Dr. Amy Acton is stepping down from her position as director of the Ohio Department of Health, Gov. Mike DeWine announced Thursday.
DeWine said Acton will remain on as his Chief Health Advisor, focusing on the continuing COVID-19 pandemic.
"Dr. Acton’s extraordinary bedside manner and wise counsel have helped us all get through this pandemic," DeWine said at a press conference Thursday.
Acton thanked DeWine for appointing her, and talked about some "long and hard days" in the job.
"Get up at 4 so I have time to read and catch up, and go to bed way, way, way late into the night," Acton said. "So it's something that I've known wasn't a sustainable thing given a pandemic."
Acton was the last person appointed to DeWine's cabinet, and the first woman chosen to lead the Department of Health.
"No one that I've ever met has more passion for helping people, has more passion for public health than Dr. Amy Acton," DeWine said. "She's always put the health of Ohioans first."
Acton praised how Ohioans responded to state policies intended to stop the spread of COVID-19, saying "books will be written about this" pandemic.
"Ohioans, you have saved lives. You've done this," Acton said. "And it is my honor to continue to work on this alongside of you and to witness what you have done already."
But as the state enters a new phase of reopening, Acton said it was a natural time for her to transition out of her role.
“We've sort of gone through one phase and we're pretty much opening up. And now we're looking at a different phase in the pandemic of learning to live with it,” she said. “So I think there is a natural sort of shift that is occurring here that makes it sort of a good time so that I can refocus.”
From the beginning of the coronavirus crisis, Acton stood front and center, becoming a daily fixture during DeWine's televised briefings. As Ohio became an early leader in its pandemic response, Acton won praise for her convincing communication skills, and even inspired online fan clubs, songs and more.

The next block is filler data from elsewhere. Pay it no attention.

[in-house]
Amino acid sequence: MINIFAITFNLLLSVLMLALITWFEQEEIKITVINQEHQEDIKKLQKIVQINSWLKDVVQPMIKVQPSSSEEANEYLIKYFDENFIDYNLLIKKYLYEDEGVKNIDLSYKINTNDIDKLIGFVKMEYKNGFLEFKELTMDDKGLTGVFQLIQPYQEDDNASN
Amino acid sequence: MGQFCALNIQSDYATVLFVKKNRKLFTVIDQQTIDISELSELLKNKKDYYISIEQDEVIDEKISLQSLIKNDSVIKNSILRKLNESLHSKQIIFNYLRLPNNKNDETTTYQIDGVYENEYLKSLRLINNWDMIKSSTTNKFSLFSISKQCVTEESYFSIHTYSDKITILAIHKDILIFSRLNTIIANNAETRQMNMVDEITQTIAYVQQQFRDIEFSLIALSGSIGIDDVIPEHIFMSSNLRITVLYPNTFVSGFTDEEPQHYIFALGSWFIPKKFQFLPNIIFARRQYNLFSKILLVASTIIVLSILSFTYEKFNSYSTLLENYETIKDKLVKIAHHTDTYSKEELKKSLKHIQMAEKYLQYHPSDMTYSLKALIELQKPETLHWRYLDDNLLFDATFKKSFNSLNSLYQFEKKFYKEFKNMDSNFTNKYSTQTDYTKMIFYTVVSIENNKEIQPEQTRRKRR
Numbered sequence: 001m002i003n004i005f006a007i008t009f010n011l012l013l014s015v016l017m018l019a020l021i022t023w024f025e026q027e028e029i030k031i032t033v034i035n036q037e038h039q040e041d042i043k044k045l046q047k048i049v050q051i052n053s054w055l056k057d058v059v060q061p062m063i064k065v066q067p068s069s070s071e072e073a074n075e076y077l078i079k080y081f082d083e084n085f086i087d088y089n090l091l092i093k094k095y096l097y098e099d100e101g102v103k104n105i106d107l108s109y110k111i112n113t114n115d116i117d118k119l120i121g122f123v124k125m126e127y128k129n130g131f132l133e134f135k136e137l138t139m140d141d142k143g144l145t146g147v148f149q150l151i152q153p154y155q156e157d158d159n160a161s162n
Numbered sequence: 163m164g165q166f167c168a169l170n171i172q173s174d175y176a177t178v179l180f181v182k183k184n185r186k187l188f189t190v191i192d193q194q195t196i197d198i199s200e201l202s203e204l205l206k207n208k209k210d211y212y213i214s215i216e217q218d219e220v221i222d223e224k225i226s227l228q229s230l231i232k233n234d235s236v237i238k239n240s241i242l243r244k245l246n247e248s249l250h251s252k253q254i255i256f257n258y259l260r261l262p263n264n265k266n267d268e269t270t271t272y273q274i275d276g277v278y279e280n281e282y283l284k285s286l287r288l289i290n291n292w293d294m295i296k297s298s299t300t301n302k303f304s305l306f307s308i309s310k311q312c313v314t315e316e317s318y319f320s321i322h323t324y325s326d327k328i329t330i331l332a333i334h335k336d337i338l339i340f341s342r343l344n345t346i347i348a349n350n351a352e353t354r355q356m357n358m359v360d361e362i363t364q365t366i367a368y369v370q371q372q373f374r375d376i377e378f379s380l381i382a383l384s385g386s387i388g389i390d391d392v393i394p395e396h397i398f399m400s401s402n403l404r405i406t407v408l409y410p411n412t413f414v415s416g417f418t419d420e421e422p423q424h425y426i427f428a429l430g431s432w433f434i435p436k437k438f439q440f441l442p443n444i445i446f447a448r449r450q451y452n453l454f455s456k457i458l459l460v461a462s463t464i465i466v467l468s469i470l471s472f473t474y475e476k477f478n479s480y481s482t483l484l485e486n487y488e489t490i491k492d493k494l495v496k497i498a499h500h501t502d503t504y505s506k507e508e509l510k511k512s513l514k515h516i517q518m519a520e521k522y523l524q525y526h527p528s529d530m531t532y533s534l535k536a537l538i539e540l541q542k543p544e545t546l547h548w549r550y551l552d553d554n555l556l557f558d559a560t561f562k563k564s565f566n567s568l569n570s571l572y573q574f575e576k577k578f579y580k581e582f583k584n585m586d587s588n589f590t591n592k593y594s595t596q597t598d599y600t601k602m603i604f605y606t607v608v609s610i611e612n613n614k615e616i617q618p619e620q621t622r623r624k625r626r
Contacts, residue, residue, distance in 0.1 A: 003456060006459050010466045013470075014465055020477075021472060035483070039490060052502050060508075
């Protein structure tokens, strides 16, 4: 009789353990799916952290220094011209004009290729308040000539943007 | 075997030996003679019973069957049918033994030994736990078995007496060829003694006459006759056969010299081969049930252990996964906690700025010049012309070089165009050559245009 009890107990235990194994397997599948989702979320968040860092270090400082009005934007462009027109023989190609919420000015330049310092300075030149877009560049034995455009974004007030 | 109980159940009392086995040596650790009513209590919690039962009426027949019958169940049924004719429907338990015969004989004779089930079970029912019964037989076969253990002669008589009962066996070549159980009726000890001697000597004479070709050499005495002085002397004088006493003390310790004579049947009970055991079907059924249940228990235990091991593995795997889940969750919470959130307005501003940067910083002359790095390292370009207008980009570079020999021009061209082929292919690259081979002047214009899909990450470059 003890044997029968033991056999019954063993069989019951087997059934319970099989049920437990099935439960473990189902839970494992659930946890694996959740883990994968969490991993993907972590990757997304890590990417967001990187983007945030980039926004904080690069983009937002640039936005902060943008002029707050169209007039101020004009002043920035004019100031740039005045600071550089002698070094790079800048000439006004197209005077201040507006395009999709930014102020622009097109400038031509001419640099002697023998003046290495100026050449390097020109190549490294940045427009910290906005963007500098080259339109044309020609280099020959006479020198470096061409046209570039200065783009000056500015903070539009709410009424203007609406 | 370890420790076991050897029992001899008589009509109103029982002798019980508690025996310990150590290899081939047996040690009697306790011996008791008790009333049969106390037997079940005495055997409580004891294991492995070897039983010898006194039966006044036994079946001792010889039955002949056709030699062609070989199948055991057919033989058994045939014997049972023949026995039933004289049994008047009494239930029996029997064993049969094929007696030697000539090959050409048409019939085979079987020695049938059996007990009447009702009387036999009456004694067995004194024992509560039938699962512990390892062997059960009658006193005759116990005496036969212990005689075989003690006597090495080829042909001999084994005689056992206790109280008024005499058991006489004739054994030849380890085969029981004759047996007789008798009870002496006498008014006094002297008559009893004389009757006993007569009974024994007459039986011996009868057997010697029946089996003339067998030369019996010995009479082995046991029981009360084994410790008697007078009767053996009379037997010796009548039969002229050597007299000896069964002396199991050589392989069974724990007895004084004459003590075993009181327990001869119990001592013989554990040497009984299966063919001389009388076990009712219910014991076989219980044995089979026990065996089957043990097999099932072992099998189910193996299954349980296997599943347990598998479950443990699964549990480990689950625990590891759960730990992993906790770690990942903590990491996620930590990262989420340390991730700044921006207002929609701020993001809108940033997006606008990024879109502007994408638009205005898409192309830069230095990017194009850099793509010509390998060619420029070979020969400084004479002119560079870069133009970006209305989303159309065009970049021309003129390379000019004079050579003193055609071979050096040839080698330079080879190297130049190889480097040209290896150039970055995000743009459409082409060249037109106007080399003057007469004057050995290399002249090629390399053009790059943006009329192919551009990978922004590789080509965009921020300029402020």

At the same time, she's drawn criticism and lawsuits from some residents and Republican lawmakers, who objected to her stay-at-home order closing restaurants, hair salons, retailers and other businesses. The Ohio House passed a bill that would restrict the power of Acton's public health orders, with one representative calling her a "dictator."
When those criticisms escalated into anti-Semitic rhetoric - Acton is Jewish - and protests outside her home, Acton began receiving a security detail. On Thursday, Acton extended her appreciation to members of the Ohio State Highway Patrol for providing her security.
Speaking about the blowback she's received, Acton said "you'd be surprised by how much a lot of that isn't your focus. For me, my focus, the need to protect Ohioans and save lives was so intense, especially during this first phase. I can honestly say that, it honestly had to be a single-point meditation on the task at hand."
Throughout it all, DeWine has stood by Acton and defended their actions.
"I'm the elected official," DeWine said after protesters targeted her home. "When you don't like the policy, again, demonstrate against me. That is certainly fair game. But to bother the family of Dr. Acton, I don't think that's fair game."
Health Department general counsel Lance Himes, who has previously served as interim director of the department, will take Acton's place.
This story will be updated with more information.